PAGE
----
A US proxy
India is emerging as the US proxy against rising China, which is determined to surpass the USA in GDP by 2027. India is opposed to China’s Belt and Road Initiative. Besides, it uses its aid, trade and border contiguity to obstruct Chinese influence in Bhutan, Nepal, and Bangladesh.
At India’s bidding, those countries toe the Indian line in SAARC and other international forums like G-20. In 2005, Washington expressed its intention to help India become a major world power in the 21st century (according to K. Alan Kronsstadt, Congressional Research Service Report for Congress, 13 February 2007). It was later re-affirmed by Ambassador David Mulford in a US Embassy press in 2005. The USA’s resolve later translated into modification of domestic laws to facilitate export of sensitive military technology to India. The Nuclear Supplier Group also relaxed its controls to begin exports to India’s civilian nuclear reactor (enabling India to divert resources to military use).
Raj Mohan, Shyam Saran and several others point out that India follows Kautliya’s mandala (concentric, asymptotic and intersecting circles, inter-relationships) doctrine in foreign policy. It is akin to Henry Kissinger’s `spheres of influence’. According to this doctrine ‘all neighbouring countries are actual or potential enemies’. However, short-run policy should be based on common volatile, dynamic, mercurial interests, like the intersection of two sets.
Former Indian foreign secretary, Shyam Saran in his book How India Sees the World says, ‘Kautliyan [Chanakyan] template would say the options for India are sandhi, conciliation; asana, neutrality; and yana, victory through war. One could add dana, buying allegiance through gifts; and bheda, sowing discord. The option of yana, of course would be the last in today’s world’ (p. 64, ibid.). It appears that Kautliya’s and Saran’s last-advised option is India’s first option, with regard to China and Pakistan, nowadays.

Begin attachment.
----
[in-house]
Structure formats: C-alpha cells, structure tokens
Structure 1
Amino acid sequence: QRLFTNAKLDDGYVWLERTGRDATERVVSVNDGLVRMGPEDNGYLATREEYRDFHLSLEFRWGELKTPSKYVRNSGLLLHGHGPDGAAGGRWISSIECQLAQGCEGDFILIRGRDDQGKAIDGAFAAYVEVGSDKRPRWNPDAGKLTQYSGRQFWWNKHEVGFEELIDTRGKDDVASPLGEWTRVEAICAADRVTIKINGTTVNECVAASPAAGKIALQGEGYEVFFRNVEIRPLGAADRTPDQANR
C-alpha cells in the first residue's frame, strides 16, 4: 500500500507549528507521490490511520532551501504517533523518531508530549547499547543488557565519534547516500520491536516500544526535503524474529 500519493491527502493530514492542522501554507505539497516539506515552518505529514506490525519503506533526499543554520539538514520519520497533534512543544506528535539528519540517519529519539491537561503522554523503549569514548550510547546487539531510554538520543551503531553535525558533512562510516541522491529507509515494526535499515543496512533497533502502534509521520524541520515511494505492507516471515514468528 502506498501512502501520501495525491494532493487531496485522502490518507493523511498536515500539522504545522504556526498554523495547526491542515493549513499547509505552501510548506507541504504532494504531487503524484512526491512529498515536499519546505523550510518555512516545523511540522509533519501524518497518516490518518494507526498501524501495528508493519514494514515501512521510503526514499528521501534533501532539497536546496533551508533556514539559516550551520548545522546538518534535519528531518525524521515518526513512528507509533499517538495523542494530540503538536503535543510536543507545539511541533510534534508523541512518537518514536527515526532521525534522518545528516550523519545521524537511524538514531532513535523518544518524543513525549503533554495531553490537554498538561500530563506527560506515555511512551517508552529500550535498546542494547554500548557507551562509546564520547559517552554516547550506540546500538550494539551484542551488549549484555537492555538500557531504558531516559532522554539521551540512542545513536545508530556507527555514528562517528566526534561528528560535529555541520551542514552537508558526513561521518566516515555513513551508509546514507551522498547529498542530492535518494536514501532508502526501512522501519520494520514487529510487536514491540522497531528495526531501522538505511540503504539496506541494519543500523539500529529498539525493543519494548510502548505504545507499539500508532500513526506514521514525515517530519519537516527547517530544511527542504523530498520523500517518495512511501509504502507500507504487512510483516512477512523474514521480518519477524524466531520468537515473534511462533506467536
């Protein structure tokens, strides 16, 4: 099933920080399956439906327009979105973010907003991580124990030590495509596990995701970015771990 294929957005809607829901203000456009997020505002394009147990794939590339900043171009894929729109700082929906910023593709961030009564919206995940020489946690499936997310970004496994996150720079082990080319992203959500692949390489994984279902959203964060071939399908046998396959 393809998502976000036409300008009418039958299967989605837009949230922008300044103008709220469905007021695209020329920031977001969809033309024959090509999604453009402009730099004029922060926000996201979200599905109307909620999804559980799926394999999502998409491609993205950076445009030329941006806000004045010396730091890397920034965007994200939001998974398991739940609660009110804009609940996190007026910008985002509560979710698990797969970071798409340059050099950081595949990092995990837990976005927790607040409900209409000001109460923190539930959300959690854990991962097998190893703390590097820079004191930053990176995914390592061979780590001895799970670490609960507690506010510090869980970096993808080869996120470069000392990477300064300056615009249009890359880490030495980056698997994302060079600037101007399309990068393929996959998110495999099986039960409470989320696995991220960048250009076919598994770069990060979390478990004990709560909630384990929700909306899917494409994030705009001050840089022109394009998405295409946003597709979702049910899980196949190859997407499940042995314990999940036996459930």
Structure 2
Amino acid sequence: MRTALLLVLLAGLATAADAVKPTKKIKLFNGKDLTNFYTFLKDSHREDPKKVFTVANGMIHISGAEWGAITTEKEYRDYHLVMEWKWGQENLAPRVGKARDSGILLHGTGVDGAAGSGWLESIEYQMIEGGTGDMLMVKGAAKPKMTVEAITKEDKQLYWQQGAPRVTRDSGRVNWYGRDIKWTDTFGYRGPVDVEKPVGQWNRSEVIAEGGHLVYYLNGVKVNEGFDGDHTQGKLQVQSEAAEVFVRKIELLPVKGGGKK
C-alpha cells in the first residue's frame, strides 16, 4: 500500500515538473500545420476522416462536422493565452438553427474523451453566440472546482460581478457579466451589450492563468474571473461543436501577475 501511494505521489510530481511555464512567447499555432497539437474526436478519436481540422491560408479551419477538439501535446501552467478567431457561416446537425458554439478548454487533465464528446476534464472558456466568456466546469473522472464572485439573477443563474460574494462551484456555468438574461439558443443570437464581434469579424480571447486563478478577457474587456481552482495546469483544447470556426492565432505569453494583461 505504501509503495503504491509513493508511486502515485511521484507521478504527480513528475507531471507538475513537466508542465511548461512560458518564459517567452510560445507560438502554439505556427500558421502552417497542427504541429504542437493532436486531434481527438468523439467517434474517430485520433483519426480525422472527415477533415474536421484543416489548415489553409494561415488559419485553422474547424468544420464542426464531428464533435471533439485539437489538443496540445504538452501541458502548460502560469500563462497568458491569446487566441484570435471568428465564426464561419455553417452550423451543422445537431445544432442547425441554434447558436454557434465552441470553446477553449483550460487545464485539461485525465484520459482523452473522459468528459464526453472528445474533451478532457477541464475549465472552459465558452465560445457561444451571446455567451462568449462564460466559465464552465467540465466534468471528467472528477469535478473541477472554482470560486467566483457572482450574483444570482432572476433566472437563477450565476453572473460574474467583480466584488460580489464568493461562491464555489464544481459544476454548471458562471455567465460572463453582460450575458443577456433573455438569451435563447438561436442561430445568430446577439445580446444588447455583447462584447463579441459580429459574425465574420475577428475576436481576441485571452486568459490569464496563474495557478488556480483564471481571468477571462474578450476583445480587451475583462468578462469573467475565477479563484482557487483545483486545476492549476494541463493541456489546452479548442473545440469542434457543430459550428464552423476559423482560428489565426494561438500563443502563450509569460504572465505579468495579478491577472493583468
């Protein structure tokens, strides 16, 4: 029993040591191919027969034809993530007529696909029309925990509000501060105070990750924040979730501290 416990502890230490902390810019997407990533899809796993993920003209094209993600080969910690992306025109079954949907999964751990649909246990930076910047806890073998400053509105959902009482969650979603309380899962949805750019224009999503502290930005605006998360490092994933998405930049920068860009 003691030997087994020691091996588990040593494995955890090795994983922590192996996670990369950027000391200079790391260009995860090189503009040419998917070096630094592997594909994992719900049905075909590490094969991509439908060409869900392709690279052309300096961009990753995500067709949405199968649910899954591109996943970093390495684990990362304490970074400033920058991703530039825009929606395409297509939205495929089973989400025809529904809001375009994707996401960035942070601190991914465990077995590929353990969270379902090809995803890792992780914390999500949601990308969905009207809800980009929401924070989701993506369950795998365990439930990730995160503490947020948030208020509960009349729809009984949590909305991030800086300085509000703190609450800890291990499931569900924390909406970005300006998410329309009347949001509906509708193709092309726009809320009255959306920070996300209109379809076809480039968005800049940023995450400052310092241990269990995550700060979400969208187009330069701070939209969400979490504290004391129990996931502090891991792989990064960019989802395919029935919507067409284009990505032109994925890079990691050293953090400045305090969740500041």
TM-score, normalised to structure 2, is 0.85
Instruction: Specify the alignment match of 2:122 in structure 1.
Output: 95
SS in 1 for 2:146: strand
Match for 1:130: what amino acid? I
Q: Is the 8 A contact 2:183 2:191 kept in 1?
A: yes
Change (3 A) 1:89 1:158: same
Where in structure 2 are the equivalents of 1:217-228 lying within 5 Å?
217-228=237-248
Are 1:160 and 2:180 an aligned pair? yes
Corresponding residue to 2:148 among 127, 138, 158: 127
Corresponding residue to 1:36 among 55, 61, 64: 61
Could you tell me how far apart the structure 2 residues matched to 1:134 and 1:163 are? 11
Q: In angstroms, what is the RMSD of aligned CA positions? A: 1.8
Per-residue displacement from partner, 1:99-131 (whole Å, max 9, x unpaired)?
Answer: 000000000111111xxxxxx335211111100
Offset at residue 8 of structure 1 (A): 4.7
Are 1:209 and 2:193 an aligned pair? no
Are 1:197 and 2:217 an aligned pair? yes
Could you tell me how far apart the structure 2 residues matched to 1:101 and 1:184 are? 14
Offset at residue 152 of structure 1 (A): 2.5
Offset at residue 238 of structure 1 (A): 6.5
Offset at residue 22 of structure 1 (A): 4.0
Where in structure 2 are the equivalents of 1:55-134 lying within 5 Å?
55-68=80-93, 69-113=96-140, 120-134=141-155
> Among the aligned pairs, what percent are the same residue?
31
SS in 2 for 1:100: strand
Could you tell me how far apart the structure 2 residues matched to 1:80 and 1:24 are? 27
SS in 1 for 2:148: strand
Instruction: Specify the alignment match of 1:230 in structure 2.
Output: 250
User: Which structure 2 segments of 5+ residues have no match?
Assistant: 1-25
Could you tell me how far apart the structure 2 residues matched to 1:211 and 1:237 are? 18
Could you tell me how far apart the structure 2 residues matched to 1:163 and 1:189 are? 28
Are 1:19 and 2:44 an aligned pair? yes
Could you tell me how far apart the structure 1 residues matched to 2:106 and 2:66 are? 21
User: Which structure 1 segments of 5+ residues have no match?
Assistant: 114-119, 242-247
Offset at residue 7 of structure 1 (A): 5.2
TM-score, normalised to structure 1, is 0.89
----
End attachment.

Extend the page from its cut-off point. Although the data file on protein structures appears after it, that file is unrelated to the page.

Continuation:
Raj Mohan elucidates India’s ambition, in terms of Kauliya’s mandala (inter-relationships), to emerge as South Asian hegemon in following words:
‘India’s grand strategy divides the world into three concentric circles. In the first, which encompasses the immediate neighbourhood, India has sought primacy and a veto over actions of outside powers. In the second who encompasses the so-called extended neighbourhood, stretching across Asia and the Indian Ocean littoral, India has sought to balance of other powers and prevent them from undercutting its interests. In the third, which includes the entire global stage, India has tried to take its place as one of the great power, a key player in international peace and security. (C. Raja Mohan, India and the Balance of Power, Foreign Affairs July-August 2006).